The real efficiency and savings, those that continue to pay back, come from reducing customer and staff churn and eliminating the continual profit-sapping cost of dealing with service failures. This will only be achieved through the people, who are the organization after all. An organization is nothing else but a group of people working towards a common goal. The people need to be put at the centre of senior management concern again and procedures, processes, financial ratios, customer surveys, data mining – and the systems thinking it represents need to be subordinated to this vital goal.

I sincerely believe that a major opportunity for sustainable competitive advantage is opening up, provided we wake up to this issue. Organizations of all types (because the problem has spread to all sectors now) that challenge the current paradigm and refocus on the need to treat customers in a way that creates a meaningful experience for both customer and staff alike, will have competitive advantage in what is now a wilderness of poor or indifferent customer service.Those organizations that embrace the idea of Service-Ability will have better staff retention, better customer retention, lower costs of replacing both – and they will build their brand value through better reputations.

Our service sector’s lead will come from the manufacturing sector that learned thirty years ago that product quality ‘right first time’ was the source of competitive advantage and lowest cost, and that this could only be achieved by focusing on the people who made the product, releasing their human potential to build quality in at the point of manufacture. Total Quality Management as it came to be known was more a change of managerial mindset than it was of the production worker, and it transformed our manufacturing sector. We need the same revolution in our service sector.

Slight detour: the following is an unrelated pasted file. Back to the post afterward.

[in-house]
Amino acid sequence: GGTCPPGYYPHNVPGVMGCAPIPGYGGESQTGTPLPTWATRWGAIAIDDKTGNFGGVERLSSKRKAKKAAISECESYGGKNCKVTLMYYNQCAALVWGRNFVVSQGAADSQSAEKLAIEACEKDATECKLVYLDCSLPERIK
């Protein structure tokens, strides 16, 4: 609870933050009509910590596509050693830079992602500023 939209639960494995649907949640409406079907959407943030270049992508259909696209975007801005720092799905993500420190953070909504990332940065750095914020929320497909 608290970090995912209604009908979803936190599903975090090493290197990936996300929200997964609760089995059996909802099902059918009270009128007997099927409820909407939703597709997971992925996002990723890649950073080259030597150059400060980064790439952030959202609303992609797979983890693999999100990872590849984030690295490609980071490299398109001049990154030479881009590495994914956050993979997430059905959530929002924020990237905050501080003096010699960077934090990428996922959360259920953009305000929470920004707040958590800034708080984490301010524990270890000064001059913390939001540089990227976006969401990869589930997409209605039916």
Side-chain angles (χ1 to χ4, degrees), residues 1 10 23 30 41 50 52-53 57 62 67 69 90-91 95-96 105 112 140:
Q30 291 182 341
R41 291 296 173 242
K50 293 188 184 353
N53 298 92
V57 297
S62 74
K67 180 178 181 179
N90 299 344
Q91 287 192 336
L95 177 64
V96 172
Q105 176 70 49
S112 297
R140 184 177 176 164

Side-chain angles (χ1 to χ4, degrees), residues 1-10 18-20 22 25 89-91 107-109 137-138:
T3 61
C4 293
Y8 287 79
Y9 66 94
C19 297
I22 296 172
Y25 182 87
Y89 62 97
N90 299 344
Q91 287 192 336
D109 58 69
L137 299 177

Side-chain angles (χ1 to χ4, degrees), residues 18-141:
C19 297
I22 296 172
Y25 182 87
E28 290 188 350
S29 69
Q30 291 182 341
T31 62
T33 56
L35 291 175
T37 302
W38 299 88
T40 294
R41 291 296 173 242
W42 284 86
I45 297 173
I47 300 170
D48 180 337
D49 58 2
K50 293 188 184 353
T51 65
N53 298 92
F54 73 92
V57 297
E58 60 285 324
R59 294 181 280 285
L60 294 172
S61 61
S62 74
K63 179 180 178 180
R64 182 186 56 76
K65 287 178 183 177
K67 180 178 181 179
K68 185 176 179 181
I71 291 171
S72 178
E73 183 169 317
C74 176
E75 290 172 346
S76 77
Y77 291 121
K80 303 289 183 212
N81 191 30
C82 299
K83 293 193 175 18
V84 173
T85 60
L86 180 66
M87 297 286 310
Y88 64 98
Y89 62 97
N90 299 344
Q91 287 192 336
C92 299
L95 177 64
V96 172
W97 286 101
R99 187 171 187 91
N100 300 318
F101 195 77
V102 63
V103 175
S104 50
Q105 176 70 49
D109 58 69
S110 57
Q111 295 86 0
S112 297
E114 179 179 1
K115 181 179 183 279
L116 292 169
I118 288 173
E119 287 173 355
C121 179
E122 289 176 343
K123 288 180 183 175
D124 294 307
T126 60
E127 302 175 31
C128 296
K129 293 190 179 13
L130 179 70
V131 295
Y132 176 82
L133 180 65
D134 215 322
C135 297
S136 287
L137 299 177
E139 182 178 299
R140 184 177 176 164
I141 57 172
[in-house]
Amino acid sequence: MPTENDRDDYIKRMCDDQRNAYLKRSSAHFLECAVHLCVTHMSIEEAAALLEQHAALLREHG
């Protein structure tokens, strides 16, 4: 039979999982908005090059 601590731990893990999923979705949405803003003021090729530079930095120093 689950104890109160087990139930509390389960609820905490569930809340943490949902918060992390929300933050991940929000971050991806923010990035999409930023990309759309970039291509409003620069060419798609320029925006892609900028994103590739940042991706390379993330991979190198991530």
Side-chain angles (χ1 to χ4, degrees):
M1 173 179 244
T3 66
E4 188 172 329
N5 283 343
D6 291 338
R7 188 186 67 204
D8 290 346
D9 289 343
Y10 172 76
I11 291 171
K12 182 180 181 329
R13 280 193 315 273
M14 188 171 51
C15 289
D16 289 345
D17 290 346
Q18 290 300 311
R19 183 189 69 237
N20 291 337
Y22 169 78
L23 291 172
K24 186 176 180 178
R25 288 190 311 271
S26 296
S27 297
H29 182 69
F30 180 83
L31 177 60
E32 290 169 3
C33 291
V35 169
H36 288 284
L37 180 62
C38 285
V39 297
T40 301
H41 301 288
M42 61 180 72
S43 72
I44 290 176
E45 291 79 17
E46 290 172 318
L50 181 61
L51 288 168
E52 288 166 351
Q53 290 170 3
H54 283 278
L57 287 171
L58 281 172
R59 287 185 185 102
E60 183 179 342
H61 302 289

The leaders of our service organizations must wake up to the implications of their current strategies, aimed solely at more efficiency; they are not the answer anymore. Indeed they are commercially dangerous, as witness the incident of United Airlines, famously cut down to size in 2009 by Dave Carroll, a musician whose guitar its baggage handlers had wilfully mistreated. This became a cause célèbre around the world when Carroll passively hit back by publishing a video ‘United Breaks Guitars‘ that instantly went viral and has now received more than 12M hits on YouTube – 12 million iterations worldwide of that damning message that caused United’s share price to plunge by 10%, wiping $180M off its market value.

The time has come for service organizations to be less concerned with process and more with personality. Our business leaders must bring about the release of their people to deliver total service quality and they must harness their entire organization in this pursuit. They need to turn towards their customers – through their people – equipping them and culturing them to be able to relate to the customer in a way that satisfies both. Service-Ability is a way to achieve that.

Service-Ability finds its expression in the individual, but it is about the skill of the organization as a whole to deliver customer-satisfying service. It is a strategic capability that produces a depth of relationship, extending from the very core of the organization to the loyal, satisfied customer through the loyal, satisfied employee who operates with initiative, professionalism, involvement and engagement; and that can only come from an organization that is in its very essence, ‘service-able’.

Service-Ability will leverage the most economic benefit from our overwhelmingly service-orientated economy. It will separate the best from the rest in the early part of the 21st century.

Kevin Robson